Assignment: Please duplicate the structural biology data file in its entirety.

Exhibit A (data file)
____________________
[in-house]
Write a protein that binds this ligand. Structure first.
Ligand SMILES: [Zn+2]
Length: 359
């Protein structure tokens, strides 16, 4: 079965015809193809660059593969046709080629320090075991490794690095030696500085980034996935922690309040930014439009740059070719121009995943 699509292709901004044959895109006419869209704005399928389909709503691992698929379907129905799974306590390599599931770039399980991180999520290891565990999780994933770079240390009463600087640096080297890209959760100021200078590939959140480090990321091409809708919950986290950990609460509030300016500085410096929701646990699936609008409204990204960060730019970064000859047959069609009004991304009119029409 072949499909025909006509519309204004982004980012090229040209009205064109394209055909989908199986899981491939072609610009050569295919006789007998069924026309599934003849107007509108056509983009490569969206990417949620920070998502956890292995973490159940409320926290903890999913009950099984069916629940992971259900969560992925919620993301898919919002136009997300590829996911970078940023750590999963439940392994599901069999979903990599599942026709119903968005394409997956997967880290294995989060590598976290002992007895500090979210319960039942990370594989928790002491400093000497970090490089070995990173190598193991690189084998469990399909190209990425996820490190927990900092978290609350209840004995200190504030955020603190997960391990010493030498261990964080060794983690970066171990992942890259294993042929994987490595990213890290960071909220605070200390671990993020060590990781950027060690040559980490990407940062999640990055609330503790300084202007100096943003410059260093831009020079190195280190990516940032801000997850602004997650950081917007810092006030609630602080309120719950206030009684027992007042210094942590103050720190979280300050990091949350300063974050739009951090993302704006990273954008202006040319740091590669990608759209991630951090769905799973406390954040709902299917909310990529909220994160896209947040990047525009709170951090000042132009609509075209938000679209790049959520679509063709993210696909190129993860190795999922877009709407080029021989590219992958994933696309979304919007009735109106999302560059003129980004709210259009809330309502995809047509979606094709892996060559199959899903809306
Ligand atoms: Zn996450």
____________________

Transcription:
[in-house]
Write a protein that binds this ligand. Structure first.
Ligand SMILES: [Zn+2]
Length: 359
């Protein structure tokens, strides 16, 4: 079965015809193809660059593969046709080629320090075991490794690095030696500085980034996935922690309040930014439009740059070719121009995943 699509292709901004044959895109006419869209704005399928389909709503691992698929379907129905799974306590390599599931770039399980991180999520290891565990999780994933770079240390009463600087640096080297890209959760100021200078590939959140480090990321091409809708919950986290950990609460509030300016500085410096929701646990699936609008409204990204960060730019970064000859047959069609009004991304009119029409 072949499909025909006509519309204004982004980012090229040209009205064109394209055909989908199986899981491939072609610009050569295919006789007998069924026309599934003849107007509108056509983009490569969206990417949620920070998502956890292995973490159940409320926290903890999913009950099984069916629940992971259900969560992925919620993301898919919002136009997300590829996911970078940023750590999963439940392994599901069999979903990599599942026709119903968005394409997956997967880290294995989060590598976290002992007895500090979210319960039942990370594989928790002491400093000497970090490089070995990173190598193991690189084998469990399909190209990425996820490190927990900092978290609350209840004995200190504030955020603190997960391990010493030498261990964080060794983690970066171990992942890259294993042929994987490595990213890290960071909220605070200390671990993020060590990781950027060690040559980490990407940062999640990055609330503790300084202007100096943003410059260093831009020079190195280190990516940032801000997850602004997650950081917007810092006030609630602080309120719950206030009684027992007042210094942590103050720190979280300050990091949350300063974050739009951090993302704006990273954008202006040319740091590669990608759209991630951090769905799973406390954040709902299917909310990529909220994160896209947040990047525009709170951090000042132009609509075209938000679209790049959520679509063709993210696909190129993860190795999922877009709407080029021989590219992958994933696309979304919007009735109106999302560059003129980004709210259009809330309502995809047509979606094709892996060559199959899903809306
Ligand atoms: Zn996450």